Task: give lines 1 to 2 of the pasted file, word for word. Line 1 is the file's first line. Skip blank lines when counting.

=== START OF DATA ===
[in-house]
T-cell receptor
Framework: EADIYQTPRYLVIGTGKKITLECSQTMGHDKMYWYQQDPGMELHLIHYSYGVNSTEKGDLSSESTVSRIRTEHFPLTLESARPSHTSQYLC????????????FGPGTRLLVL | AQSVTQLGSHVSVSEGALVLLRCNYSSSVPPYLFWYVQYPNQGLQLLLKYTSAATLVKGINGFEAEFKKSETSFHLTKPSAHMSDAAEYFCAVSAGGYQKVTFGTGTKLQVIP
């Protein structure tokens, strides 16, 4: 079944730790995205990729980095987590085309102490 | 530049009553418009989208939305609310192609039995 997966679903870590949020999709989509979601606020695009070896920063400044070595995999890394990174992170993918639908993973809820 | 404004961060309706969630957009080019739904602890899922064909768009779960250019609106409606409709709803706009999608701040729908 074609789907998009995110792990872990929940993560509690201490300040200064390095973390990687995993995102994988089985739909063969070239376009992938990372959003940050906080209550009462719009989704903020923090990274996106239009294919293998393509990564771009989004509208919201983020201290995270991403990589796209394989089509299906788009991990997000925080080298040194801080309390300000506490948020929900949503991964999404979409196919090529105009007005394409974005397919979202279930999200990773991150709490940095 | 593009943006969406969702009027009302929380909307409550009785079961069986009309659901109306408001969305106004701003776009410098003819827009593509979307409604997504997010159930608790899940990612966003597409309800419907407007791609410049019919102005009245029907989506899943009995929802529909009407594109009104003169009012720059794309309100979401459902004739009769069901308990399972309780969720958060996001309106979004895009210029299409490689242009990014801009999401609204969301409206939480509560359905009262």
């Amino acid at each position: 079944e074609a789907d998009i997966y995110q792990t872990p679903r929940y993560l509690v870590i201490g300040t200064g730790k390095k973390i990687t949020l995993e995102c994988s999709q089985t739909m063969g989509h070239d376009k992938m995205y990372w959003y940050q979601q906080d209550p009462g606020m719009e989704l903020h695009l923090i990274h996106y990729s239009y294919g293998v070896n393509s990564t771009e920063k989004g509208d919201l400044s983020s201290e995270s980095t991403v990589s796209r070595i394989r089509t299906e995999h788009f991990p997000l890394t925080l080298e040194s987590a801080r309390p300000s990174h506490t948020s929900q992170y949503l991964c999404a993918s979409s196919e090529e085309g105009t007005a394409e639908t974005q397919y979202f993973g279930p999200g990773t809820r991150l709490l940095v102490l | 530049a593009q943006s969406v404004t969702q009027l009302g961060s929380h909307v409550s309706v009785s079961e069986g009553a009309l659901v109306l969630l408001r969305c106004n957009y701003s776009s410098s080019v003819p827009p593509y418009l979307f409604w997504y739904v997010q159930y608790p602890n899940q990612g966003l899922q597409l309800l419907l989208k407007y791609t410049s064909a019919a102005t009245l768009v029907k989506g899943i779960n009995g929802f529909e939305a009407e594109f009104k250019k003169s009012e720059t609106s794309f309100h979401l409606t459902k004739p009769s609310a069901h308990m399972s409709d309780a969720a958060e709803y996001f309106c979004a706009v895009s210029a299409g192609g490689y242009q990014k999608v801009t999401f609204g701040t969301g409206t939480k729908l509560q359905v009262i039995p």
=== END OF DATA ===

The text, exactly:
[in-house]
T-cell receptor